On Tuesday, July 7, Cleveland Clinic held its first webinar in the Transformation Tuesdays virtual series on telehealth. Panelists Lisa Alderson, CEO & Co-Founder, Genome Medical, Ann Mond Johnson, CEO, the American Telemedicine Association (ATA), and Jennifer Schneider, MD, President, Livongo Health joined moderator Will Morris, MD, Executive Medical Director, Cleveland Clinic Innovations to talk virtual care, its applications, performance through COVID-19, and future implications for long-term use.
Their discussion started with an analysis of ‘the why.’ With any health initiative, this is crucial to understand, but with initiatives that change the nature of an industry like telehealth for healthcare, we must gain a deeper understanding of its purpose. Why telemedicine? What’s its true value? Why work so hard to bring it to the mainstream? Questions that Ann Mond Johnson, CEO of the American Telemedicine Association, has perfected answers to after two years with the organization. Said Mond Johnson, “[the why] is to ensure that people get care where and when they need it. And that when they do, they know it’s safe, effective, and appropriate – all the while ensuring clinicians can do more good for more people.”
For Lisa Alderson, CEO of Genome Medical, ‘the why’ is more niche – addressing a nationwide shortage in specialty genomics care. “There are very few specialists in the country – these are clinicians that are in high demand and short supply,” said Alderson. “As there really isn’t a component of the physical required, cancer genetics and cardiovascular genetics are extremely attractive to perform via telehealth. Therefore, we are able to reach patients no matter what Zip Code they're in.”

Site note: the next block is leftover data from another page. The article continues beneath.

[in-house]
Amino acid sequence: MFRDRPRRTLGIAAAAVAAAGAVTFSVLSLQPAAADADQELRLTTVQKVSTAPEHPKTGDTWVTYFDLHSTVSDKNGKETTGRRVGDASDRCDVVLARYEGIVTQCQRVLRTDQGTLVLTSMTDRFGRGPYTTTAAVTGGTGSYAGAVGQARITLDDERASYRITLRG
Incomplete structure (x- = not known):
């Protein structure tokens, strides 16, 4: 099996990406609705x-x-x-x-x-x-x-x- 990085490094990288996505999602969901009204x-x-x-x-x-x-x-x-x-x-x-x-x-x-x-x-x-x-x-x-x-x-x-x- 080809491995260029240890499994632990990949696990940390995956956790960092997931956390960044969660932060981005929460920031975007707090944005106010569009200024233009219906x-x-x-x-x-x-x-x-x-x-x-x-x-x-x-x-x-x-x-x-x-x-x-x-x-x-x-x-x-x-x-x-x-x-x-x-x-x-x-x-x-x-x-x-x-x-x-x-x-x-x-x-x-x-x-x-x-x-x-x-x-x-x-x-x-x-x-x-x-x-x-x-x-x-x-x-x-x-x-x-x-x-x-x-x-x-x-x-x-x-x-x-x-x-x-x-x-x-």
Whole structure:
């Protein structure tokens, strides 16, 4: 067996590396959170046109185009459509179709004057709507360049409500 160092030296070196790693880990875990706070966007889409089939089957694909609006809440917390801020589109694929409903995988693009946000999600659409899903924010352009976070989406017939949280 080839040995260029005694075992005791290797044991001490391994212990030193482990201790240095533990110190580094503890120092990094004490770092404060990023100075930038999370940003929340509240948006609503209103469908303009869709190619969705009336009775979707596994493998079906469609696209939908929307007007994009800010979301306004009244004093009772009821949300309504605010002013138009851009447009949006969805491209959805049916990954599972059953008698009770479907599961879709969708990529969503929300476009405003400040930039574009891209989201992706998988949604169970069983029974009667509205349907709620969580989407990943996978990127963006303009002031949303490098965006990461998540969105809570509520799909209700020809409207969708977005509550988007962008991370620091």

Understandably, ‘the why’ often influences company strategy – with products and initiatives launched to serve this ultimate goal. And though COVID-19 has caused company strategy shift in nearly all industries, many telemedicine companies are singing a different tune. “Allowing people with chronic conditions to stay home, stay healthy, and empower care in a [virtual] environment is what Livongo has been about from the inception,” said Jennifer Schneider, MD, CEO, “Coronavirus has not changed our strategy.” Instead, Dr. Schneider noted, “[Coronavirus] has accelerated the acceptance of these very strong business models that were in existence before the pandemic. I think there's a broader realization and an understanding of the values of remote monitoring and telehealth in this current setting. Due to the experience users have had, I don't think people will ever go back.”
The discussion of “returning to normal” struck a chord with our panel. Picking up where we left off, in some ways, can be viewed as regression to an outdated model of care. Rather what our panelists and many providers, payors, and consumers would like to see is an adoption of a new normal – leveraging these technologies and virtual care programs to improve access and outcomes when they’re optional and not required. It is the aforementioned opinions of different members of the health ecosystem that hold the power to drive this new normal. “When I look at Livongo's results, people love the experience, they're getting better clinically, and we're saving money for the end payor. That means the consumer wins because they love it, physicians win because they get paid more money based on outcomes, and we're saving money for the overarching payor or large self-insured employer – so they win as well,” said Dr. Schneider. Physician and consumer benefit can also be seen in the example of Genome Medical, “The value of telehealth here, is that you are providing access to clinicians that many patients wouldn’t otherwise have – there's an efficiency gain. From the provider's perspective, they get to see more patients, resulting in greater impact. From the patient's perspective, we can route to the right specialist who might be states away. Eliminating extenuating travel to be able to see these specialists is incredibly convenient,” said Alderson. Mond Johnson agreed, noting telemedicine’s aid to the national and global insufficiencies of the clinical workforce in general, but drawing focus to lack of care for aging, and those seeking help for behavioral health.